The United States, its international partners, and Iran are continuing to negotiate a comprehensive final deal to prevent Iran from obtaining a nuclear weapon. The June 30th deadline has come and gone, but all sides remain committed to reaching a final deal.
The current interim agreement, which has frozen and scaled back Iran’s nuclear program during the negotiations, is set to expire after July 13th. US officials have already indicated that the agreement will be extended if a deal is not reached by midnight.
In a statement last week from Vienna, Sec. Kerry reaffirmed that the United States is making progress, but also willing to walk away if no good deal appears attainable:
“We believe we are making real progress toward a comprehensive deal. But as I have said many times, we are not going to sit at the negotiating table forever.”
Sen. Coons, during a CNN interview yesterday, provided context for why an effective deal is so important:
“And this is the moment when we’ve got a chance at resolving it diplomatically. If we don’t, it will pose a real threat to our troops in the region and to our allies in the region.”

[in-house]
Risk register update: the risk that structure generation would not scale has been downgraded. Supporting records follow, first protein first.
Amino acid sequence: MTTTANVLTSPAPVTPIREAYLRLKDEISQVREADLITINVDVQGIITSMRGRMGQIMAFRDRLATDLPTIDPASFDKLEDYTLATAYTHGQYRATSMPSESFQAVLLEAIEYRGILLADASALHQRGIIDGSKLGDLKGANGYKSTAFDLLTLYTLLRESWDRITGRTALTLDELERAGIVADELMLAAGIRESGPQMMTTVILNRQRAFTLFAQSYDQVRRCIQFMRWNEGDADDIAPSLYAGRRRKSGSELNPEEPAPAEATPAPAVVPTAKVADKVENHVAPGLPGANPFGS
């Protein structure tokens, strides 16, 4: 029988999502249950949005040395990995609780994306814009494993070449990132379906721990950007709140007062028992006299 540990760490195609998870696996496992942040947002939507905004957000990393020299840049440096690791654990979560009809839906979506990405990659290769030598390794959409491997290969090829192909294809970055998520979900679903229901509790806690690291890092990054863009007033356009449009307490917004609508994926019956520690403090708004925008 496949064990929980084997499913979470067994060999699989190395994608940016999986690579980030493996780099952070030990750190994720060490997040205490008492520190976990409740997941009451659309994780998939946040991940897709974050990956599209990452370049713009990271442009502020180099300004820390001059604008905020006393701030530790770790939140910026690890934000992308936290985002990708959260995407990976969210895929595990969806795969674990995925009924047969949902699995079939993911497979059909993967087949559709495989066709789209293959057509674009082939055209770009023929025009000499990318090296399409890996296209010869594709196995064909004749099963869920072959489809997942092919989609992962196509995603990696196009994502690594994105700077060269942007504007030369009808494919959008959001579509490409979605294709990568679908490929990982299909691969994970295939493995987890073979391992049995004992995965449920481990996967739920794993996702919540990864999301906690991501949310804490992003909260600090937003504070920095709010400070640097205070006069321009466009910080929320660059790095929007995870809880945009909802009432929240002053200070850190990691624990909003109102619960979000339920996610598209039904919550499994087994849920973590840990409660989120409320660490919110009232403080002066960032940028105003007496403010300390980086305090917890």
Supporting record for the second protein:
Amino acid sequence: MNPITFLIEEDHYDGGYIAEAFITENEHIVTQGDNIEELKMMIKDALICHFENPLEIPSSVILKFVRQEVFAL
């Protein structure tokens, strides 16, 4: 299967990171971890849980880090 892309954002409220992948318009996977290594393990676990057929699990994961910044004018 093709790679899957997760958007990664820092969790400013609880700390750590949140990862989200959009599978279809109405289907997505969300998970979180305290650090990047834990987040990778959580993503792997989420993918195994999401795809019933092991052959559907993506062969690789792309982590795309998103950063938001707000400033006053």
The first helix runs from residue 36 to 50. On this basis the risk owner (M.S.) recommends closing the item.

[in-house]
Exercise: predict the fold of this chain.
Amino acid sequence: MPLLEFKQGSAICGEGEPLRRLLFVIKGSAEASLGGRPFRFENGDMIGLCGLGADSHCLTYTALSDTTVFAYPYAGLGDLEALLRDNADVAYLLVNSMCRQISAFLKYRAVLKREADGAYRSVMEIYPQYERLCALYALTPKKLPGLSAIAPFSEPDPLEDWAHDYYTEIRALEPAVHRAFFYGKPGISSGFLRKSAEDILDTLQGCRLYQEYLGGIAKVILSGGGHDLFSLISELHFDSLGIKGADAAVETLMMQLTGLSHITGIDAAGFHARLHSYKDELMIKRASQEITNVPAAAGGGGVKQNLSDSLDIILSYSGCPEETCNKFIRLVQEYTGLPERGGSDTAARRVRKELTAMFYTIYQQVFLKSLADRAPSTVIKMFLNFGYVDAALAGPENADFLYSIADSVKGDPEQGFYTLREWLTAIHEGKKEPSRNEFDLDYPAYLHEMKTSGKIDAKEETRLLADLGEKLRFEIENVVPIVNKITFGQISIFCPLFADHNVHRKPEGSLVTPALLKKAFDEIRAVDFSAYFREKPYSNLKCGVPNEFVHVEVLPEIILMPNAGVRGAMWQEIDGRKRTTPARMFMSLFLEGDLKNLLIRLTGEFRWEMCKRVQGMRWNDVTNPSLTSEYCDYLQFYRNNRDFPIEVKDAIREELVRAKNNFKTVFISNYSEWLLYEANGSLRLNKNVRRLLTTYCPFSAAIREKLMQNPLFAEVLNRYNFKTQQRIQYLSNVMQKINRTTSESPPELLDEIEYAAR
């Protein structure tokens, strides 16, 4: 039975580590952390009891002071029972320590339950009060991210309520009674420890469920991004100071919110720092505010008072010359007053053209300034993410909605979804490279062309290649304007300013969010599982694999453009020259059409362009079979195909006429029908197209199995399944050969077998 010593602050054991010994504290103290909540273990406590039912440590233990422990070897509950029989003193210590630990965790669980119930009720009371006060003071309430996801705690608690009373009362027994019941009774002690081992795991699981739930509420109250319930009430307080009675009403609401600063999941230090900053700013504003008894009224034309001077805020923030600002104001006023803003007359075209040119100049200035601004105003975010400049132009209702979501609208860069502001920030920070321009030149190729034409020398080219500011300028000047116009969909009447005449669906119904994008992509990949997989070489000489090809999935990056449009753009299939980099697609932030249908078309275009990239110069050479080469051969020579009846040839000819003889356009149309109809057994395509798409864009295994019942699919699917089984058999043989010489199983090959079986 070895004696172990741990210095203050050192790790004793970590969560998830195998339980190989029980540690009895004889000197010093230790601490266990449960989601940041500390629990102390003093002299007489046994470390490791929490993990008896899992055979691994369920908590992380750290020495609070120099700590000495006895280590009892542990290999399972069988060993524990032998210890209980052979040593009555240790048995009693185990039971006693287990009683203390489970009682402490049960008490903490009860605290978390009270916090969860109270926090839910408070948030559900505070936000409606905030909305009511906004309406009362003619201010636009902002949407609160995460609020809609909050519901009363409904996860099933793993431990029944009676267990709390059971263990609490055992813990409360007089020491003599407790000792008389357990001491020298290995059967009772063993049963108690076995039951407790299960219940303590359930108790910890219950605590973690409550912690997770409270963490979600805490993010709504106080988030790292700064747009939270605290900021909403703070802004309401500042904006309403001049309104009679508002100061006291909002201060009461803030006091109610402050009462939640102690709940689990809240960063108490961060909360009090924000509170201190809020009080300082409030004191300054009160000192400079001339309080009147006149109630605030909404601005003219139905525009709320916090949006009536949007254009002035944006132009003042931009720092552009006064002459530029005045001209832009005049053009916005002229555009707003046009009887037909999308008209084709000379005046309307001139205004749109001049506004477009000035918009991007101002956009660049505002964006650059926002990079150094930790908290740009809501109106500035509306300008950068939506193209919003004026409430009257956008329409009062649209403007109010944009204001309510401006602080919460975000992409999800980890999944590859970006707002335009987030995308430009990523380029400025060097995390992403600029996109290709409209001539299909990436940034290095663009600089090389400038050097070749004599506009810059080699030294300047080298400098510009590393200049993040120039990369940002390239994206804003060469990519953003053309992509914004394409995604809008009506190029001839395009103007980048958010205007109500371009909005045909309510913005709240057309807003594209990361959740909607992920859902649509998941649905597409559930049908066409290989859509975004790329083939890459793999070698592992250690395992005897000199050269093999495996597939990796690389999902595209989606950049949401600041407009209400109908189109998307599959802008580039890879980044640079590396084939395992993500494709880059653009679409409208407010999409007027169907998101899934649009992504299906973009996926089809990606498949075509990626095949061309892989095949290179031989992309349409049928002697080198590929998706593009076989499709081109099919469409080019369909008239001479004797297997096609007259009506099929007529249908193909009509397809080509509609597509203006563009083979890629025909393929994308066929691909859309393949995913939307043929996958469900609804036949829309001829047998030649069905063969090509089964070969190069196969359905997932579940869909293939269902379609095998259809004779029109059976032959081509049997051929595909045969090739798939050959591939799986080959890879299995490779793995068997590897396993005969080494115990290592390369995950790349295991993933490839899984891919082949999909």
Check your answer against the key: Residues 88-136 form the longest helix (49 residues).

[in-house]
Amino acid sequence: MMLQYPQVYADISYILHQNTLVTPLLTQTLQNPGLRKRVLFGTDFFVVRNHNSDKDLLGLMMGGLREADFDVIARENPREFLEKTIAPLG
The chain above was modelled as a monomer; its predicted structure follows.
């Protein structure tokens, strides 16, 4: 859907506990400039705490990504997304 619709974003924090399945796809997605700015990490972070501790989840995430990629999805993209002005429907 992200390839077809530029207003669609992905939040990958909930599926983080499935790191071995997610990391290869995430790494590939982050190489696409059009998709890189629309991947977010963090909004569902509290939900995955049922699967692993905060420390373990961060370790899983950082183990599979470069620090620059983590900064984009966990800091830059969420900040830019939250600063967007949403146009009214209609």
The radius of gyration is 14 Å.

According to reports out of Vienna, most of the technical issues, including the timing of sanctions relief, the restrictions on Iran’s enrichment capabilities, and the schedule for completing the International Atomic Energy Agency’s investigation of Iran’s past nuclear program, have been resolved.
Point of contention: a request to lift the current United Nations conventional weapons embargo on Iran.
Iran is requesting that the UN repeal their import and export embargo for conventional weapons, fearing that an embargo not removed as part of this agreement may never be lifted. This issue has been further complicated by Russia and China’s support for the initiative, which would lead to lucrative arms contracts for their defense industries. The P5+1 will need to find a unified position on this matter in order to move forward.
Discussions on this issue, and other aspects of Iran’s nuclear research and development capabilities, are ongoing.
If a deal is reached, Congress will have 60 days to review the deal and pass either a resolution of approval or disapproval.
Stay tuned for more as we continue to follow these negotiations.